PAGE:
In a new report, the top scientists in Texas have concluded that the hydraulic drilling process known as fracking pollutes the air, erodes soil and contaminates water.

As the San Antonio Express-News reports, the report also confirmed other studies that have found that wastewater disposal from fracking can lead to seismic activity.

Oil tug-of-war featured in New York Times article

Jun 20, 2017
HITCHHACKING / FLICKR CREATIVE COMMONS

The oil market is featured in a New York Times article that highlights the years-long tug-of-war between the Organization of the Petroleum Exporting Countries (OPEC) - which has attempted one failed tactic after another to conquer the oil glut that is expected to suppress prices for at least another year - and companies continuing to tap into shale reserves across the U.S., driving oversupply and low prices.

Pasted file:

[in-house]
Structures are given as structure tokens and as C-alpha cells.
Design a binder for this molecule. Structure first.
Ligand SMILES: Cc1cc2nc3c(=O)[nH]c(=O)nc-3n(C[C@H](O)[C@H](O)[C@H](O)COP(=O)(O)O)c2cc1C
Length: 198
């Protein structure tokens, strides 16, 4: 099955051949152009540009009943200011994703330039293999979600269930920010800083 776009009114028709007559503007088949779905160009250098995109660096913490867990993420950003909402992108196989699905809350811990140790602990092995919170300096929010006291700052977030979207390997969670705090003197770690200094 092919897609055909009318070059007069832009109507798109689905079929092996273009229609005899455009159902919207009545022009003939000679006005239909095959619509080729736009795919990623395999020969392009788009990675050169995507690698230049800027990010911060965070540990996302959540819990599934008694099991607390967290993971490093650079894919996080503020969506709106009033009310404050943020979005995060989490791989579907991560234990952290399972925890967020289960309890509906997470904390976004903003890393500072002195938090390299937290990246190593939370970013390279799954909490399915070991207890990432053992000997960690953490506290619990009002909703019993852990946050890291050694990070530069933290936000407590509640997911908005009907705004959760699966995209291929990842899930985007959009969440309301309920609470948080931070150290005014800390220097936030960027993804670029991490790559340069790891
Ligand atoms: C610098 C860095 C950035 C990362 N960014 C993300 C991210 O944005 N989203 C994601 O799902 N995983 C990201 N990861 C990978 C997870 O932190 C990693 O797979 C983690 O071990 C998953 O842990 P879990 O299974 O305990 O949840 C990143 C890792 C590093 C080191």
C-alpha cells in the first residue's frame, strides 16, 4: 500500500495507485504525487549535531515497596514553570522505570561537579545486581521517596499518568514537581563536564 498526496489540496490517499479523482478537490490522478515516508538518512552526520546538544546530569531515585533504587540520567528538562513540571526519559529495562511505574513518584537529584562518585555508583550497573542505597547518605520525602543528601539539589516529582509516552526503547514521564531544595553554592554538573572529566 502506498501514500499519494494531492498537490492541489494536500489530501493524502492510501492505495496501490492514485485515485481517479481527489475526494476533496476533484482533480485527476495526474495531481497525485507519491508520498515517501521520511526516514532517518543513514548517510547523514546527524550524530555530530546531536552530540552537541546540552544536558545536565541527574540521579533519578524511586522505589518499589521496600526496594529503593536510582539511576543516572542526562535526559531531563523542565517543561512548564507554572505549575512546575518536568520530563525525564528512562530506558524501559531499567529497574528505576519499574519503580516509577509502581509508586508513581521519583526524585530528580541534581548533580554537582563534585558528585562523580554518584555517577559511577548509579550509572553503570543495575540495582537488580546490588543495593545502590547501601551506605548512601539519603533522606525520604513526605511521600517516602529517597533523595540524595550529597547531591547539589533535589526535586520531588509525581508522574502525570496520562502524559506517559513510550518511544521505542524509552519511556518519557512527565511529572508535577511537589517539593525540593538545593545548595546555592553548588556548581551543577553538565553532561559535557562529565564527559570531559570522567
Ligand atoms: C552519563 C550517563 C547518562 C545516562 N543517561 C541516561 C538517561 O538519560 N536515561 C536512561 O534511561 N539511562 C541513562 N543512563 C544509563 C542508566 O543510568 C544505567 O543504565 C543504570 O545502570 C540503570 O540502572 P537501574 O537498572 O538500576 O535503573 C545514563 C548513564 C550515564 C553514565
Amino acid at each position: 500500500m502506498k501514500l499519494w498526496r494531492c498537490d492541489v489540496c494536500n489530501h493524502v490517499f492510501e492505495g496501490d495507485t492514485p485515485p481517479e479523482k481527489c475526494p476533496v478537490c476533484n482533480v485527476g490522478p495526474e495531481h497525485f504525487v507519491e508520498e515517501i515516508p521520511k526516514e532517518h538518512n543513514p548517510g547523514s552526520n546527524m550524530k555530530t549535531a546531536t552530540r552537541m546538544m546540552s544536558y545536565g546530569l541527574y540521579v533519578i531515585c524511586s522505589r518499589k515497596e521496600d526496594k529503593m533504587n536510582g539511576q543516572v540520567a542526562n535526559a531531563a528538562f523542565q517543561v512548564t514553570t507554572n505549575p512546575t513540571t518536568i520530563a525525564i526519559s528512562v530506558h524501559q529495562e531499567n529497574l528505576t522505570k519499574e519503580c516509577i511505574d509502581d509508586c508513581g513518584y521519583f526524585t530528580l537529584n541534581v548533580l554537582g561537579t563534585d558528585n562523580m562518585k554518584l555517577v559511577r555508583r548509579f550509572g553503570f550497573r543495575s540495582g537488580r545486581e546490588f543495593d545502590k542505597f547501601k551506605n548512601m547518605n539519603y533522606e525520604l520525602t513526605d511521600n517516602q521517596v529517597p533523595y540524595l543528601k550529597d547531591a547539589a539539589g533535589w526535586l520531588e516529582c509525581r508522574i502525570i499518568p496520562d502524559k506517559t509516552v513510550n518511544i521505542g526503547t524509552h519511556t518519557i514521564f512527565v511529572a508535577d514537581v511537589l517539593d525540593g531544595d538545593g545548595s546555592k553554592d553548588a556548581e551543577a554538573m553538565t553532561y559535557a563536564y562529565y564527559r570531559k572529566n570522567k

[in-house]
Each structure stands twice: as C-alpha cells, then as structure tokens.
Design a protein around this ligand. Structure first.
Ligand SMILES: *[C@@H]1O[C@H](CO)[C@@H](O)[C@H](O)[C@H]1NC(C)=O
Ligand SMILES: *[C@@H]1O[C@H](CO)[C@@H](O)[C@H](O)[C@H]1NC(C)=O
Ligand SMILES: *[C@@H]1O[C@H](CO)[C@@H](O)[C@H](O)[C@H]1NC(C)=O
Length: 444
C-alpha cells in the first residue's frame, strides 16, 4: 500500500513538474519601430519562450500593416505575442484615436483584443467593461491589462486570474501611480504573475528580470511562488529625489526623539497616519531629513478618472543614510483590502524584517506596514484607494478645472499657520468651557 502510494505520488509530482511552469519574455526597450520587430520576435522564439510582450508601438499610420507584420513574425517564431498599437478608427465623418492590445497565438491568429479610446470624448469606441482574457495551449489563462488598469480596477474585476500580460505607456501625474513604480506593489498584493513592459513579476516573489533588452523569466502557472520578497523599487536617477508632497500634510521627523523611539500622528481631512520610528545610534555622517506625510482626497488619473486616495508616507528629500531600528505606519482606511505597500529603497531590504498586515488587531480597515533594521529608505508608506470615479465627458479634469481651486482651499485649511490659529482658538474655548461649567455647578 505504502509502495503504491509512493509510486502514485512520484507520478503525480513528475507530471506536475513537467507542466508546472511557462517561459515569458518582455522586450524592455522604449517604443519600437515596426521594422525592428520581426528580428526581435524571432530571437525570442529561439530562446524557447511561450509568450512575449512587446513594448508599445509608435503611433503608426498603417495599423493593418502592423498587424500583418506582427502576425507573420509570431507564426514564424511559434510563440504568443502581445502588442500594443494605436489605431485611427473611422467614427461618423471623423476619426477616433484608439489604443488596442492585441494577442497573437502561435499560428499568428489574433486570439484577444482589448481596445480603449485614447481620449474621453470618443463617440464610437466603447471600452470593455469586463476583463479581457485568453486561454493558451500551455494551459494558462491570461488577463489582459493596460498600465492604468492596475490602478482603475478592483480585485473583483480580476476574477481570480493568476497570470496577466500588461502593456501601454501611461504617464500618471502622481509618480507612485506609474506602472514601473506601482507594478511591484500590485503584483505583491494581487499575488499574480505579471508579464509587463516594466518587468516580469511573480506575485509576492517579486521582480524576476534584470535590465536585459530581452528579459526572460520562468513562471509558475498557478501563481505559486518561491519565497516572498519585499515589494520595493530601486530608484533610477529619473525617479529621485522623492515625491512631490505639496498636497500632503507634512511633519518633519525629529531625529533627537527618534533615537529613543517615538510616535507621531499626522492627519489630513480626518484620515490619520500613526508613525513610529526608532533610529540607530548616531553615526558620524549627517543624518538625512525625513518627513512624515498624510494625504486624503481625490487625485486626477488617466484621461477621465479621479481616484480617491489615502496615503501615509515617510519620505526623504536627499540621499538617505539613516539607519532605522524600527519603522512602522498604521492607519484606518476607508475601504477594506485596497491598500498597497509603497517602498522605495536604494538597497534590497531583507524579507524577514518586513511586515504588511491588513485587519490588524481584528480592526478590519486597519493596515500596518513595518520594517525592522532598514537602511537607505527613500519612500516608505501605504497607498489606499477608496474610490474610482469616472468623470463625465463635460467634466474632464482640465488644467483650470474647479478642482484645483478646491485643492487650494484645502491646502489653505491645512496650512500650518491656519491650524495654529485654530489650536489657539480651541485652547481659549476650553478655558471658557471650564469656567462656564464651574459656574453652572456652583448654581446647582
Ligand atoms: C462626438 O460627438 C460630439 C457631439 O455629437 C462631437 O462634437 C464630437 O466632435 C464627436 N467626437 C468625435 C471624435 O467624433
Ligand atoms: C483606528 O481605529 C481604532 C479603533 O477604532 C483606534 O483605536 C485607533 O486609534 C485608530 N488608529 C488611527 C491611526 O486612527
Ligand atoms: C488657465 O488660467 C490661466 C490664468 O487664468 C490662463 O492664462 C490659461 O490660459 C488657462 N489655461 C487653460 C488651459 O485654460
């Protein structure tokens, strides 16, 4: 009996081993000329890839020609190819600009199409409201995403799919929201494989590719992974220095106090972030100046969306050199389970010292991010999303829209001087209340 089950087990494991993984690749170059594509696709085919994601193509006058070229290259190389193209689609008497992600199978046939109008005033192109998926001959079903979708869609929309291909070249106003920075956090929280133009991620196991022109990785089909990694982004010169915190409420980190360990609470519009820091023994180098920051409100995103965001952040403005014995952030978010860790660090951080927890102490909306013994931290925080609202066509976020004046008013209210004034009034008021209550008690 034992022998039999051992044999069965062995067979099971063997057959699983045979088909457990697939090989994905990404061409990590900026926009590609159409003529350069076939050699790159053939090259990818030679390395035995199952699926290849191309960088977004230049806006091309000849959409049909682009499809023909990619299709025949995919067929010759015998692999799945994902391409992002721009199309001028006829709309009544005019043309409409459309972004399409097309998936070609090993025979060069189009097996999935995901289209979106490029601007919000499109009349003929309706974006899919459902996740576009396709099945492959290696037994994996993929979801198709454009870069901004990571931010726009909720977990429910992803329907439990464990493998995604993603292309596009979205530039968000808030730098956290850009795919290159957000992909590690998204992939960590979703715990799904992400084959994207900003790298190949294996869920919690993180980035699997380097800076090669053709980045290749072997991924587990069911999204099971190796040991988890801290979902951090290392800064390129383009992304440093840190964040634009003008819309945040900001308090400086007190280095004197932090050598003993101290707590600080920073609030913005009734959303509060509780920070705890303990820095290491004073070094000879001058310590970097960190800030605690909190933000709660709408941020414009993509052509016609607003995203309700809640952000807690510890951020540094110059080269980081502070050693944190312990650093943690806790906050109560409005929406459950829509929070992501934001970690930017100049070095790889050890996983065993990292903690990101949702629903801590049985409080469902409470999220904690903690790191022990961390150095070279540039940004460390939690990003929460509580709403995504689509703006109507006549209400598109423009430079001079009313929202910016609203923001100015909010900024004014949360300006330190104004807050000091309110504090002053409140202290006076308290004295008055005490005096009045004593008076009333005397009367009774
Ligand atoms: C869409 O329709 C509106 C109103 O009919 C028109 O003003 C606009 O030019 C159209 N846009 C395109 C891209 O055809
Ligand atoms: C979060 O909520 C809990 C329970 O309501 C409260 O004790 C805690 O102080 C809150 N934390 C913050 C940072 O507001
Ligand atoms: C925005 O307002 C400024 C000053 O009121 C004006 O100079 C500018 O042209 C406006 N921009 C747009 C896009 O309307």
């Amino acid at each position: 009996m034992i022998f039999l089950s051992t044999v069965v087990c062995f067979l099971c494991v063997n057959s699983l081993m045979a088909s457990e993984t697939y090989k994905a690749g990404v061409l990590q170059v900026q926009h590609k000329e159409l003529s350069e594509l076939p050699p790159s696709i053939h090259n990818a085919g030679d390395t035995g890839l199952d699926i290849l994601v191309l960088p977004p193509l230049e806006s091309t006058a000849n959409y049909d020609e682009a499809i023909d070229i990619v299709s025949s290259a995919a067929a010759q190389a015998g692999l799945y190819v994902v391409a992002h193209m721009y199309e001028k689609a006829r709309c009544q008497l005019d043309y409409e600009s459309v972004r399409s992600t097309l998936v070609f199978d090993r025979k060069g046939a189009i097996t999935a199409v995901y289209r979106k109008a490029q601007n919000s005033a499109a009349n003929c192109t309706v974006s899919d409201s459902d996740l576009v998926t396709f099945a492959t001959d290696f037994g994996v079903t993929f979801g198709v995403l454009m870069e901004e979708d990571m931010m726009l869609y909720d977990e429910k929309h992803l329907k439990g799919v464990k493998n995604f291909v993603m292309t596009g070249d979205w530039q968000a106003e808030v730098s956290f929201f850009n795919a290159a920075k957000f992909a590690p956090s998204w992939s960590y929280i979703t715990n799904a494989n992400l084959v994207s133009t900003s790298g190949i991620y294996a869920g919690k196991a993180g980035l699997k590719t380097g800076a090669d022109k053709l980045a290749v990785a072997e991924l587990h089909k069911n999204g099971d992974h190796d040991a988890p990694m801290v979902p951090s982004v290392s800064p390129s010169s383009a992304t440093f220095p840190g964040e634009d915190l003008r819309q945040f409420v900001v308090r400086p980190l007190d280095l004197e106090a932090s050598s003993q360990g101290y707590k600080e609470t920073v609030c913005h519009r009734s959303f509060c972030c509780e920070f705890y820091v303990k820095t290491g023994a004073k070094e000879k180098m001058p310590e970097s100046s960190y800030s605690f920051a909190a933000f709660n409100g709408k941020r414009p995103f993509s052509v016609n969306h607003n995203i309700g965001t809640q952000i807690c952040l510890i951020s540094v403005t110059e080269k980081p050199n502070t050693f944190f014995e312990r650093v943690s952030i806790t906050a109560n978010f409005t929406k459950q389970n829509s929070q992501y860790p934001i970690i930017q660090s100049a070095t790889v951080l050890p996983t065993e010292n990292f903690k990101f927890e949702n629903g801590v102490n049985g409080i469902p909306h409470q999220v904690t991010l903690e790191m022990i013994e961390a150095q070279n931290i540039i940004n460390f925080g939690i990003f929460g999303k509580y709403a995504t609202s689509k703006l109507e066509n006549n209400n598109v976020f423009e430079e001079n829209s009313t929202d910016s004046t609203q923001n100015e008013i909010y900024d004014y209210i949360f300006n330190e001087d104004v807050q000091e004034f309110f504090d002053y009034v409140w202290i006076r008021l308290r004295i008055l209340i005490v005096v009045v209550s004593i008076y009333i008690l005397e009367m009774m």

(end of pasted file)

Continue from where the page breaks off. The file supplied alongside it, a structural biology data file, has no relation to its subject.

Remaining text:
Eben McCue / StateImpact Oklahoma

For decades, the oil and gas industry has been promoting the benefits of fossil fuels in America’s public-school classrooms.

As StateImpact Oklahoma reports, companies like BP and Shell have spent millions of dollars on K-12 curricula, speakers, and after-school programs, all designed to paint oil, gas, and coal in a rosy light.

Jeff Raymond / Oklahoma Watch

Amid the budget talks during Oklahoma’s recently concluded legislative session, one of the major sticking points revolved around how much to raise the production tax on oil and gas companies.

As Oklahoma Watch notes, while Oklahoma is theoretically a two-party system, it often seems as though there’s a third party in the room during important economic discussions. That third party is the oil industry.

Gage Skidmore / Flickr Creative Commons

A couple of weeks ago when President Donald Trump was rumored to be on the fence about whether to abandon the Paris climate agreement, 22 Republican Senators sent him a letter urging him to back out of the deal.

The letter’s signatories included Senator James Inhofe of Oklahoma, Senator Pat Roberts of Kansas, and both Senators from Texas, John Cornyn and Ted Cruz.

Certain sectors of the oil and gas industry have supported leaving the Paris accords, assuming deregulation will drive oil profits.

Joe Wertz / StateImpact Oklahoma